Ah, for a return to actual theme songs for TV shows. I mean, really, what more do you need to know going into this show than what’s contained in that song?
Well, for those who are unfamiliar with Have Gun Will Travel, I’ll give you just a bit more. The character of Paladin was played by Richard Boone in a role that became iconic for the actor. It premiered on Sept. 14, 1957, and lasted until April 20, 1963, airing an impressive total of 225 episodes during that period. This was, of course, a time when, much as police and forensics procedural do now, westerns ruled the airwaves, and consistently ranked either 3rd or 4th in the ratings race, usually behind only Gunsmoke and Wagon Train.
It’s also one of the few shows that, as opposed to the usual direction of things, where a show that had first become popular on the radio spawned a television show when that medium became prevalent, had a radio show developed from it for that audience.
As far as how Paladin became the traveling gunslinger, well to find that out, all you need do is watch the pilot episode, which I’ve posted below.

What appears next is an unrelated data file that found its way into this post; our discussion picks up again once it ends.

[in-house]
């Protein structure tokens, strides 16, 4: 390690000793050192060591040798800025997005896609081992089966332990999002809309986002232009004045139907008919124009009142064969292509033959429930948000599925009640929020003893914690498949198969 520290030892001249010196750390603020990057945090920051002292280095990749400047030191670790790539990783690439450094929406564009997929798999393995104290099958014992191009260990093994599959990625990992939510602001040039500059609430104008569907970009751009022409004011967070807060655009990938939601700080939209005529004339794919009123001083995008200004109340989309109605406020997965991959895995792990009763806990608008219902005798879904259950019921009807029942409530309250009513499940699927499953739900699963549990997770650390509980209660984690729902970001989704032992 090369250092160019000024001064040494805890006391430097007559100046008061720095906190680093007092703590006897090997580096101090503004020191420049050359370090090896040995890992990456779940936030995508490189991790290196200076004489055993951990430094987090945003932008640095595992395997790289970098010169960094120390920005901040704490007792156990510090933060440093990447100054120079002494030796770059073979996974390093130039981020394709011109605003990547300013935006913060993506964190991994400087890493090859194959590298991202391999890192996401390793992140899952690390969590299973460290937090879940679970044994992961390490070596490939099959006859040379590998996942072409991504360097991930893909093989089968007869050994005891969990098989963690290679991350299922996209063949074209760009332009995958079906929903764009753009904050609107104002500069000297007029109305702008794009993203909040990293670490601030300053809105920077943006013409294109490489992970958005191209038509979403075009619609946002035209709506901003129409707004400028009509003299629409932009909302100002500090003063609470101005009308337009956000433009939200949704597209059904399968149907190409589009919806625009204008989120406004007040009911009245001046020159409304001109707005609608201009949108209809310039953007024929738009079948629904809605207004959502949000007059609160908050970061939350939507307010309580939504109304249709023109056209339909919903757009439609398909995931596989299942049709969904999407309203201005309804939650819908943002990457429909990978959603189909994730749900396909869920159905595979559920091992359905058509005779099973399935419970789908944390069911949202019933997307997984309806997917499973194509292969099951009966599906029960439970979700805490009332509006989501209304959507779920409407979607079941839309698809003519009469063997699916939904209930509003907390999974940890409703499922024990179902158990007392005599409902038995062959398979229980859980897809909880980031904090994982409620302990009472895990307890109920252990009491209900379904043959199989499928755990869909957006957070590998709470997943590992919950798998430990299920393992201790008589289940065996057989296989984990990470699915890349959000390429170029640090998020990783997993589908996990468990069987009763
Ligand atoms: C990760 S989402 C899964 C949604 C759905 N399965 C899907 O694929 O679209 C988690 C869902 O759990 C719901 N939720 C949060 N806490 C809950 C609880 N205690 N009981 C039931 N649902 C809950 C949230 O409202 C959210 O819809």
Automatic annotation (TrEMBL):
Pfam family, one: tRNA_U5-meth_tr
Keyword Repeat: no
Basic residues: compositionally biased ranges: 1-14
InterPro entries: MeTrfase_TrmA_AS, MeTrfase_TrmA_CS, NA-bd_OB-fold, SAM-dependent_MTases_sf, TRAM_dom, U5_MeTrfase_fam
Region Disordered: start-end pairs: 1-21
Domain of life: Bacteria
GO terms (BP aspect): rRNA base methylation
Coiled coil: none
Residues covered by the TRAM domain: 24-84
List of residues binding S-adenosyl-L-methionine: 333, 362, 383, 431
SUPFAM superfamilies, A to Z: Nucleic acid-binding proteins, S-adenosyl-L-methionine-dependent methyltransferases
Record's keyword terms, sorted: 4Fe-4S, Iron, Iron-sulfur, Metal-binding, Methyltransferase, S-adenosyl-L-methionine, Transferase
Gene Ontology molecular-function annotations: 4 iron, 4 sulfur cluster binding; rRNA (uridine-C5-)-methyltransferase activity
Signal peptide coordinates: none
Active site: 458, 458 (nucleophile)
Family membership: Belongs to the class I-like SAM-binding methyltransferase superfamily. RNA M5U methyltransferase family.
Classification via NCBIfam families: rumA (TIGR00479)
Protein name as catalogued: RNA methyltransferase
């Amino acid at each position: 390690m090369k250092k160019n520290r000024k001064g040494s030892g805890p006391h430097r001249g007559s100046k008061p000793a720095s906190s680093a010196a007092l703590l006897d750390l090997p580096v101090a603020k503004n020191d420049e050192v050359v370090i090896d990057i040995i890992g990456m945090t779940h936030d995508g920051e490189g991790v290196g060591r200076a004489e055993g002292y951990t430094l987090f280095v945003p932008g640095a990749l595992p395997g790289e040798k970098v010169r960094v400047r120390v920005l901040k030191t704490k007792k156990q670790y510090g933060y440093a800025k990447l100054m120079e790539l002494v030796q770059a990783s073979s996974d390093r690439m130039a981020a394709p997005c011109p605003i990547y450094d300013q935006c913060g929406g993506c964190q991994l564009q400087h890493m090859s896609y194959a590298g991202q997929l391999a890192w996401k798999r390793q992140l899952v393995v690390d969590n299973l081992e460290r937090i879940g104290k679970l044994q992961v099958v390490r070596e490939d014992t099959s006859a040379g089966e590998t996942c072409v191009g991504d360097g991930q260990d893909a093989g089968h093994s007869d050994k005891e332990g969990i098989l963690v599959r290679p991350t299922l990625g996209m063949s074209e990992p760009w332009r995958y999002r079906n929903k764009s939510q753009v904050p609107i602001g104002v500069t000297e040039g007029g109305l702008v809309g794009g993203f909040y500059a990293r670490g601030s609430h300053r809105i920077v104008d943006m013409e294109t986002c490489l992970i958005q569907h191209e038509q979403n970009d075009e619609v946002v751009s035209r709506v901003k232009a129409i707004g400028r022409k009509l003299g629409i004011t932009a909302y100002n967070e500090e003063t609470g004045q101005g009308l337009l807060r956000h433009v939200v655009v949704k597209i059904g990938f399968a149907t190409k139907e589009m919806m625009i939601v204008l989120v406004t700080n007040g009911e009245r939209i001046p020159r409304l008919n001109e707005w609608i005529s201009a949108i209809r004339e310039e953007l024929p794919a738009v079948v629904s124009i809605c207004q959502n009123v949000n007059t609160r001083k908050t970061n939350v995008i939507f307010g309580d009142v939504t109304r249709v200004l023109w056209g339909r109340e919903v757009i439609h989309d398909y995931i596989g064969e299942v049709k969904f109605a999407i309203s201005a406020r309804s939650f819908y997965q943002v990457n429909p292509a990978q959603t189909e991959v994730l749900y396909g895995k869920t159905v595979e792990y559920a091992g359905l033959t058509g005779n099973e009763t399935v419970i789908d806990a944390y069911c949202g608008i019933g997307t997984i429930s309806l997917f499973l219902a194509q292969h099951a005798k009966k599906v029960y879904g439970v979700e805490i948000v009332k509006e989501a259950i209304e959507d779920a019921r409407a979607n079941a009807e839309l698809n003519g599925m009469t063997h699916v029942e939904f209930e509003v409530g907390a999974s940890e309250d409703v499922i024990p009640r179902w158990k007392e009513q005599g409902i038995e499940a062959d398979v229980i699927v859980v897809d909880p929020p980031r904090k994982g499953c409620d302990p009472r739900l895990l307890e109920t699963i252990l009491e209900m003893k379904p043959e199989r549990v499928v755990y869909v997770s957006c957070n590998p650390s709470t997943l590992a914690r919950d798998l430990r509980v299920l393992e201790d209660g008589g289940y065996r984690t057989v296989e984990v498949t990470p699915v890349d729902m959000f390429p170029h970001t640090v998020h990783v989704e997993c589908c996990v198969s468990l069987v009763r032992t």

I feel as though I should start this with a bit of full disclosure. I am a huge fan of the 1956 version of Invasion of the Body Snatchers. It’s one that has ranked extremely high on my personal all-time favorites list ever since I first saw it back when I was a teenager. So I’ve always had a bit of a snobbish attitude towards this remake. It’s one that I’ve always been rather dismissive of in that too easy to adopt “There’s no way the remake could be anywhere near as good as the original” way that, while not inevitable, certainly comes as part of the baggage anytime one approaches a remake of one of one’s favorite movies. As a matter of fact, I’m fairly sure that this was not a first time view of this version. I know I’ve at least watched parts of it before, but this time around I decided I’d try to view it completely separately, and try to judge it on its own merits. Was I successful? Well, I don’t think there’s any way I could completely dismiss my previous experience with the title, but let’s just say I did my best.